Background: Accomplished British playwright Martin McDonagh won an Oscar in 2004 for his short film Six Shooter, which (from what I've heard) was loosely adapted into the feature-length In Bruges, also written and directed by McDonagh. Starring the principal of the short, Brendan Gleeson (Beowulf, Harry Potter...), as well as Colin Farrell (Cassandra's Dream) and Ralph Fiennes (Harry Potter..., The Constant Gardener), In Bruges was a hit at this year's Sundance Film Festival and was filmed entirely on location in Belgium.
Synopsis: Ken (Gleeson) and Ray (Farrell) are hit men from Dublin sent to lay low in Bruges, Belgium, because Ray's first job went awry. Ignorant as to why they are specifically in Bruges, the hyperbored Ray and the endearing Ken spend a few days sightseeing and cavorting with an attractive drug dealer, a dwarf, and some prostitutes - but mostly they just banter back and forth, and some dramatic scenes involving Ray's guilt are tossed into the mix. When Ken finally receives a call from their boss, Harry (Fiennes), he's forced to make a decision he hoped never to face. His choice brings Harry to fanciful Bruges for a drawn-out showdown between the three men.
+ The scene in which Ralph Fiennes meets Brendan Gleeson at the outdoor patio table in Bruges.
+ Colin Farrell, for the second time. It makes you wonder why he considers roles like Phone Booth and Miami Vice. Stick with an accent and role that you can actually do well.
+ The enchanting city of Bruges. It was like a fairy tale...
+ The musical score by Carter Burwell (No Country for Old Men - was there even a score?). It fit well with the setting of Bruges and worked for the story.
+ The scene with the American tourists.
+ The often very funny dialogue between Gleeson and Farrell.
- The ugliness of Jordan Prentice's character - what a jerk. Good acting, though.
- The occasional feeling that this would have made a better play than a movie.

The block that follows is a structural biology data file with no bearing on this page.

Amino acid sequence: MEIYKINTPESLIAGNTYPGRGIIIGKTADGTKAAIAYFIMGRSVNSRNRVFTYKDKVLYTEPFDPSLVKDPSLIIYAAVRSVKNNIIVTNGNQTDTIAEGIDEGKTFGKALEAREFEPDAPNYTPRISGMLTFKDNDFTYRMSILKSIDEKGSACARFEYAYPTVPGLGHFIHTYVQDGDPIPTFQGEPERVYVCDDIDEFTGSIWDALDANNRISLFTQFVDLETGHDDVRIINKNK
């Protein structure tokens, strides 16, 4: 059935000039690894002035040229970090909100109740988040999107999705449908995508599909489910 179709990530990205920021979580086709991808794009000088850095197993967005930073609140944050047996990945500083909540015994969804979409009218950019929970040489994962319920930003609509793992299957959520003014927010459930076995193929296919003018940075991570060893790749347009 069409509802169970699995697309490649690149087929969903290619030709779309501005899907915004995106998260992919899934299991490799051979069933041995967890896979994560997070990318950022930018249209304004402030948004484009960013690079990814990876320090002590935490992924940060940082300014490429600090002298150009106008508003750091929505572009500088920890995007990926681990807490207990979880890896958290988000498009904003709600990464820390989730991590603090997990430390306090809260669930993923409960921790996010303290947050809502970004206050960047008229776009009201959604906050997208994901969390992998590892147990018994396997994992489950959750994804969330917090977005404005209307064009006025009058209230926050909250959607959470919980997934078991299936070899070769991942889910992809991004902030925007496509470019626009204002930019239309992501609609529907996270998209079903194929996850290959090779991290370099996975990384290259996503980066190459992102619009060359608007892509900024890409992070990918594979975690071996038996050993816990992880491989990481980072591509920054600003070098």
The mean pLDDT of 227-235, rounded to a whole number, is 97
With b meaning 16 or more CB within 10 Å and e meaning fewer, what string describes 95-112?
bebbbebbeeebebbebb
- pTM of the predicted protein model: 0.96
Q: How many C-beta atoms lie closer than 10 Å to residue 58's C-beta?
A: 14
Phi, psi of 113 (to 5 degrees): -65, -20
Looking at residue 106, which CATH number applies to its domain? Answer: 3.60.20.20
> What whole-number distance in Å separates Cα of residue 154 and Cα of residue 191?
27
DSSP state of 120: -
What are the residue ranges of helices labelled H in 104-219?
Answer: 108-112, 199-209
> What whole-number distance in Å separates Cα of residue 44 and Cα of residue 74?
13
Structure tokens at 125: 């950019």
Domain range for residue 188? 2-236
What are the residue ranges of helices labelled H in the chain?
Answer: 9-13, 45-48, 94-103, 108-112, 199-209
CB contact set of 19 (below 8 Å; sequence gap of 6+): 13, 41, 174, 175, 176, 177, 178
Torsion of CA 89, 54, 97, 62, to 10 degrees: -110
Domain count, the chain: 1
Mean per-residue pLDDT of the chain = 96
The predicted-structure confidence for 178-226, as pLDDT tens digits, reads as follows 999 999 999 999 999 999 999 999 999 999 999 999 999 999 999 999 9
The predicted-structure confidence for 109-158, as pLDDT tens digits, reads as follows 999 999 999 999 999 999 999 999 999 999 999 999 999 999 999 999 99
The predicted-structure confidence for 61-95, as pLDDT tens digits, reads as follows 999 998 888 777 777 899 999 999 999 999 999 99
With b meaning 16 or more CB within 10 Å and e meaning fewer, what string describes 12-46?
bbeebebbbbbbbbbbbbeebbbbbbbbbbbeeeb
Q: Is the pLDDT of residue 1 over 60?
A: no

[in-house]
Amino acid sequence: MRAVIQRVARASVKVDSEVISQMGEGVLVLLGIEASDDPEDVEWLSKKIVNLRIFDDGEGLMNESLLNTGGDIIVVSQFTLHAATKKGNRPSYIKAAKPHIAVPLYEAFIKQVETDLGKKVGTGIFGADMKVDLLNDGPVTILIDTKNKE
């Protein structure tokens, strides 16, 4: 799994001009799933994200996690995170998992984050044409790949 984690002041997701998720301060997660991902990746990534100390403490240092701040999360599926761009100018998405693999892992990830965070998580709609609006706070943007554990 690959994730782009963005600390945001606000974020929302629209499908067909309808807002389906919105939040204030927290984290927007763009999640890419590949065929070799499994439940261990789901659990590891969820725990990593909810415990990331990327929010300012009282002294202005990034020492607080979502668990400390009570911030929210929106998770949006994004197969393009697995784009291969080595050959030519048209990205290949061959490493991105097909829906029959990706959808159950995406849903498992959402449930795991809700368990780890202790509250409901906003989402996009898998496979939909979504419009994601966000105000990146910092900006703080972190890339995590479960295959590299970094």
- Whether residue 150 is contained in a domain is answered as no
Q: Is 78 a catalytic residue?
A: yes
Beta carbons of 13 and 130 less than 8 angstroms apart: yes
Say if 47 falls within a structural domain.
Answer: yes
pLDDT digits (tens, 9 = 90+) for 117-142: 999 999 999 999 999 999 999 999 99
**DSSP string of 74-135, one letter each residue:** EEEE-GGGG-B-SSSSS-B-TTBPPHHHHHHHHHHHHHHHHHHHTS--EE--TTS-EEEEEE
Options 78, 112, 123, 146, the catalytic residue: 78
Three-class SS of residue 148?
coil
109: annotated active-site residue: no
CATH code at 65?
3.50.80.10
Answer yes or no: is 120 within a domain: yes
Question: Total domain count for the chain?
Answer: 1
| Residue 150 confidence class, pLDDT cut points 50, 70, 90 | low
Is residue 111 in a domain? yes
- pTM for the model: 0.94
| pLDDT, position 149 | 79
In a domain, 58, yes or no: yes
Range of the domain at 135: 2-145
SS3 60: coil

- The contrived and predictable ending - everything was going really well with this movie until the penultimate minute.
Writing - 9
Acting - 10
Production - 9
Emotional Impact - 8
Music - 5
Significance - 2
Total: 43/50= 86% = B
Last Word: While it starts out as a comedy, In Bruges eventually morphs into your standard crime thriller. This is a good thing, as there is only so much bickering and bantering you can take before you start to roll your eyes. The duo of Colin Farrell and Brendan Gleeson is natural and quite charming until Fiennes rolls in and owns every scene he's in, most impressively in the one I mention above. Farrell especially nails the role of the neurotic, vulnerable rookie to Gleeson's seasoned, above-it-all veteran, and there are some hilarious lines throughout. Though there exists an almost troubling similarity to Farrell's character in Cassandra's Dream, it doesn't take anything away from In Bruges - in fact it fits better here anyway. However, while the acting is top-notch (and I didn't mention the great supporting performances), the story has a tendency to occasionally lag, even to the point where we feel as trapped as the characters. The most unfortunate piece of In Bruges - the bit that really got me down, was the ending. I know Martin McDonagh has this great reputation for storytelling, but that was really "Oh, come on!". It's as if he was out of his element in finishing the story on film, whereas on stage he could have found a better spot to cut it? The last bit of dialogue is nice, but it doesn't make up for the disappointing ending (after a great buildup) that precedes it.